by Rev. Fr. Vasileios Thermos, M.D., Ph.D.
The desirable encounter and dialogue between Orthodox Theology and the psychological sciences require a crossing and mutual understanding of their vocabularies which have been isolated for centuries.
This article attempts to correlate the traditional theological terminology of “soul” and “spirit” with what modern psychotherapies call “psyche”, “mental”, “disorder”, and “therapy”. For this purpose, it reviews biblical and patristic sources about the high human energies (intellect, emotion, will etc.) which prove to be products of our common nature, namely of the inseparable complex “soulbody”. Besides, it proceeds to make distinctions between soul and spirit, and to express them in terms of contemporary psychophysiology. Furthermore, it indicates that mental disorders make a distortion of human energies which, because of various etiological factors, become autonomous from the desired unity. At the end, it tries to legitimize the psychological sciences by claiming that modifications of disturbed human psychosomatic energies are not exclusively under the control of the hypostasis as some conservative Christians suggest in order to keep the Church away from psychology and psychiatry. Inner freedom is highlighted as a common aim of spiritual guidance and psychotherapy.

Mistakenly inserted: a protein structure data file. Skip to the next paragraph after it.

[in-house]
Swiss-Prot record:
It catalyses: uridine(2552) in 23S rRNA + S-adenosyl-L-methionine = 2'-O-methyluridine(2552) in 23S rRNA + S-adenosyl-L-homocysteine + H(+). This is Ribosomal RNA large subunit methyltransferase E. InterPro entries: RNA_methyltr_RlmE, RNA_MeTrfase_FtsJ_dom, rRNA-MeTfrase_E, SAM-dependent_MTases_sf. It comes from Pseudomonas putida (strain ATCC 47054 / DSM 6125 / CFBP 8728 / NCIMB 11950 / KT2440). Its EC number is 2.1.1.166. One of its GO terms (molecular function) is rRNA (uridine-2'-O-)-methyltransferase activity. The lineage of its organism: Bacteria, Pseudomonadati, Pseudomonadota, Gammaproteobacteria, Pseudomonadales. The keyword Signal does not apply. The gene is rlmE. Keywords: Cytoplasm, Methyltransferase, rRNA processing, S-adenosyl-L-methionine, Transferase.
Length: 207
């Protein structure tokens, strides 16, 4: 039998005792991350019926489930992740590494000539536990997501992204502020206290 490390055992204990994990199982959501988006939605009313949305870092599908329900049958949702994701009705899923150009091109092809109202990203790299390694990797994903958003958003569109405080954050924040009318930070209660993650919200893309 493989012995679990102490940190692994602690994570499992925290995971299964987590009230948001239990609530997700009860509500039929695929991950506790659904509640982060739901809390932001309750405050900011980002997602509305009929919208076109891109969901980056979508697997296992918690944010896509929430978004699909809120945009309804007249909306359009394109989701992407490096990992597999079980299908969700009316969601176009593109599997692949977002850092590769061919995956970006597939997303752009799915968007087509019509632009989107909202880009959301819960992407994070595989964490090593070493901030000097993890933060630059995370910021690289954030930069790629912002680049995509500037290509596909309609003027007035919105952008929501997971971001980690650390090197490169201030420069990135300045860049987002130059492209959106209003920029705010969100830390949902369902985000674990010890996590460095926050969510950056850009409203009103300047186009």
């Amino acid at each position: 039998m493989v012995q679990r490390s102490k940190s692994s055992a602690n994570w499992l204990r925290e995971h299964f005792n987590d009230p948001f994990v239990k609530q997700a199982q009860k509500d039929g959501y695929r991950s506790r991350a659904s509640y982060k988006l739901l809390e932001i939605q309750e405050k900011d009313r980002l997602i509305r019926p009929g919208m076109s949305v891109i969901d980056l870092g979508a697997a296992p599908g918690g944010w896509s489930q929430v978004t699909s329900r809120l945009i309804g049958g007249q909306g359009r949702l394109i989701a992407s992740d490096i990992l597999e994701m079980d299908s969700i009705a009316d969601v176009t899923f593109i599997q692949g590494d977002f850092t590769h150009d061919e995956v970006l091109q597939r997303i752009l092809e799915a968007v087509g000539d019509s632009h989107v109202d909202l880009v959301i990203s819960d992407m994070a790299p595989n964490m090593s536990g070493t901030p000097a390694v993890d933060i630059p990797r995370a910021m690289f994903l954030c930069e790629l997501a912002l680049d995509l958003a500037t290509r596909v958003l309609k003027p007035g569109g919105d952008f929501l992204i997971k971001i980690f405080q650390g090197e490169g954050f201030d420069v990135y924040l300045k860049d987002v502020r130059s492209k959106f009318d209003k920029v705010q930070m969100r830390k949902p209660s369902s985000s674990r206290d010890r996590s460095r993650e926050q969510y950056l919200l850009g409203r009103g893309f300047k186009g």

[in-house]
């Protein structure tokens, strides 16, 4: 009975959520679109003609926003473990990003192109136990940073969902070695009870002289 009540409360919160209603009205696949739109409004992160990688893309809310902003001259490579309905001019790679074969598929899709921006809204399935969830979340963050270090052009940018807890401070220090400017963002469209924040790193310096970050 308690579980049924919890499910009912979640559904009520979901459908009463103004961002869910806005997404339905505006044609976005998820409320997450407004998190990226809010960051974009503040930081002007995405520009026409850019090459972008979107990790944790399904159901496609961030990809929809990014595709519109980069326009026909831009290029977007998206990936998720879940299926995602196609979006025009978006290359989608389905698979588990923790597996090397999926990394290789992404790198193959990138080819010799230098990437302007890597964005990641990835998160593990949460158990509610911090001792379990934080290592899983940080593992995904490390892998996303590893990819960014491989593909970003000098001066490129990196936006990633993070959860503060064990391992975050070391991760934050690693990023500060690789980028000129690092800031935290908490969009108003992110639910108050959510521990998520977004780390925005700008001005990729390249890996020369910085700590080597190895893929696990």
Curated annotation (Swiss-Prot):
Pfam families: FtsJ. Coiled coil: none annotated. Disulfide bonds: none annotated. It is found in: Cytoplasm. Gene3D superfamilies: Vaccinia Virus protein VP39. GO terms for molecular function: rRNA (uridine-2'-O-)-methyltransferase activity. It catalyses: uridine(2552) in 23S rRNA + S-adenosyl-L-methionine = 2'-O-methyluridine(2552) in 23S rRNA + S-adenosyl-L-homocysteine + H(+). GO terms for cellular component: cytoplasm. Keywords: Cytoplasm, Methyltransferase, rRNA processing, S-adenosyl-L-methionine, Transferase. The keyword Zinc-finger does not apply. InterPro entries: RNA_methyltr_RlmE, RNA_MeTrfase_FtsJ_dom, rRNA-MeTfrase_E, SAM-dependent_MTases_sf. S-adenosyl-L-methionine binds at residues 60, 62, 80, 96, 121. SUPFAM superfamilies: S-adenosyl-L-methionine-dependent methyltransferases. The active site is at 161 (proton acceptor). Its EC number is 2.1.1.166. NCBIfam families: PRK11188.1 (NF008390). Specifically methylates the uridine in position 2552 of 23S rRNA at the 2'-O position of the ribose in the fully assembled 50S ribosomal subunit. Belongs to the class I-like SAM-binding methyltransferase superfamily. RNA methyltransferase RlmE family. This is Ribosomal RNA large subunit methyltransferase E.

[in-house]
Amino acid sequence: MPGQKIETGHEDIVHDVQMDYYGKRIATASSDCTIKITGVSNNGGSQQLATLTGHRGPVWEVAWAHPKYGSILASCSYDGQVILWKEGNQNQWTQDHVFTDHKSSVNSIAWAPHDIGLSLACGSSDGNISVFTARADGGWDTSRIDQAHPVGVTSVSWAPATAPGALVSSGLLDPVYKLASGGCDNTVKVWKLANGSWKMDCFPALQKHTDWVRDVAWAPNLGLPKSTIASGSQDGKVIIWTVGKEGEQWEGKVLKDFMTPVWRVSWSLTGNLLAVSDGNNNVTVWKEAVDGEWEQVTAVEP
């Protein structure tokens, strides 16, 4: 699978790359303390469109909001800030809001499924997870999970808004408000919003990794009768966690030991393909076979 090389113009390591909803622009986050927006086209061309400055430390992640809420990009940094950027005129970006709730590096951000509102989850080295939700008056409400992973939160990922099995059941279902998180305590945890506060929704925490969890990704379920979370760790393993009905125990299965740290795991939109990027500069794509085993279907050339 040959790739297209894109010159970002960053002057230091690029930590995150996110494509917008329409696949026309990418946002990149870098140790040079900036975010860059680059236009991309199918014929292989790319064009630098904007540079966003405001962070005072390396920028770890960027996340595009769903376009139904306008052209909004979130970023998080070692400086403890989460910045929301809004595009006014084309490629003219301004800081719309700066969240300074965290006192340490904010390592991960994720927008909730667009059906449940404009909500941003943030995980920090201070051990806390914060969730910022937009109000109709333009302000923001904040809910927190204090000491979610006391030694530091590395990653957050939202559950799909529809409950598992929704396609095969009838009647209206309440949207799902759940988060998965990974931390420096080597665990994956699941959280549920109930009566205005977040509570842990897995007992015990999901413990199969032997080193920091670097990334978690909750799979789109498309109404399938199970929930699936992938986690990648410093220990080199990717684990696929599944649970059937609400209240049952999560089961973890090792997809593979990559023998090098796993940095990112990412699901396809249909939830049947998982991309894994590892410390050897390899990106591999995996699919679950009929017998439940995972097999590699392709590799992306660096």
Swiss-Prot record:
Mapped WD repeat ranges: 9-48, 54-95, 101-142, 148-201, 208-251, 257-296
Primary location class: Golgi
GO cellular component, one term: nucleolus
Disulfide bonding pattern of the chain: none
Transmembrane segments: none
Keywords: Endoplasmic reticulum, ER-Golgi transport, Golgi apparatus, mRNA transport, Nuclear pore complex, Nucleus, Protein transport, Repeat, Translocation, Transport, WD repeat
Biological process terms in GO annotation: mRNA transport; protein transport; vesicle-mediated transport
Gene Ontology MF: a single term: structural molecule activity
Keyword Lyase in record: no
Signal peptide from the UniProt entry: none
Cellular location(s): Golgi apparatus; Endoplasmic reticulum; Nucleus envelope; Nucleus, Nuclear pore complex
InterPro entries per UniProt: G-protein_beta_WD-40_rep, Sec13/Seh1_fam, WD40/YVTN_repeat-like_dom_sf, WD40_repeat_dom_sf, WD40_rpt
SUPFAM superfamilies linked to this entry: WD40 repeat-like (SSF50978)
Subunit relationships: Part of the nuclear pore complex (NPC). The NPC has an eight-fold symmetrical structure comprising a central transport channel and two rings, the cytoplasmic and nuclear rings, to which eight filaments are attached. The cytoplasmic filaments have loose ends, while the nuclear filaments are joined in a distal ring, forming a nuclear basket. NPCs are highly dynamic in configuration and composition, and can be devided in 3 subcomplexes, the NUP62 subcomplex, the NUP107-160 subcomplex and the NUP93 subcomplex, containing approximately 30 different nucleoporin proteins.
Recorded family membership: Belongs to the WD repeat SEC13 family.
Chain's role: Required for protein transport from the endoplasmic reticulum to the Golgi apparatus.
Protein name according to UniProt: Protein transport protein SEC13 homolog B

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Rev. Fr. Vasileios Thermos, M.D., Ph.D. is a priest of the Church of Greece. Together with his priestly ministry in Athens, he is a practicing psychiatrist, and is Professor of Pastoral Theology and Psychology at the University Ecclesiastical Academy in Athens. The author of many books and articles, he has offers spiritually provocative and clinically informed programs and retreats in Greece, the United States, Albania, and Cyprus. His insights into the fields of theology and psychology are combined with a strong undercurrent in psychoanalytic thought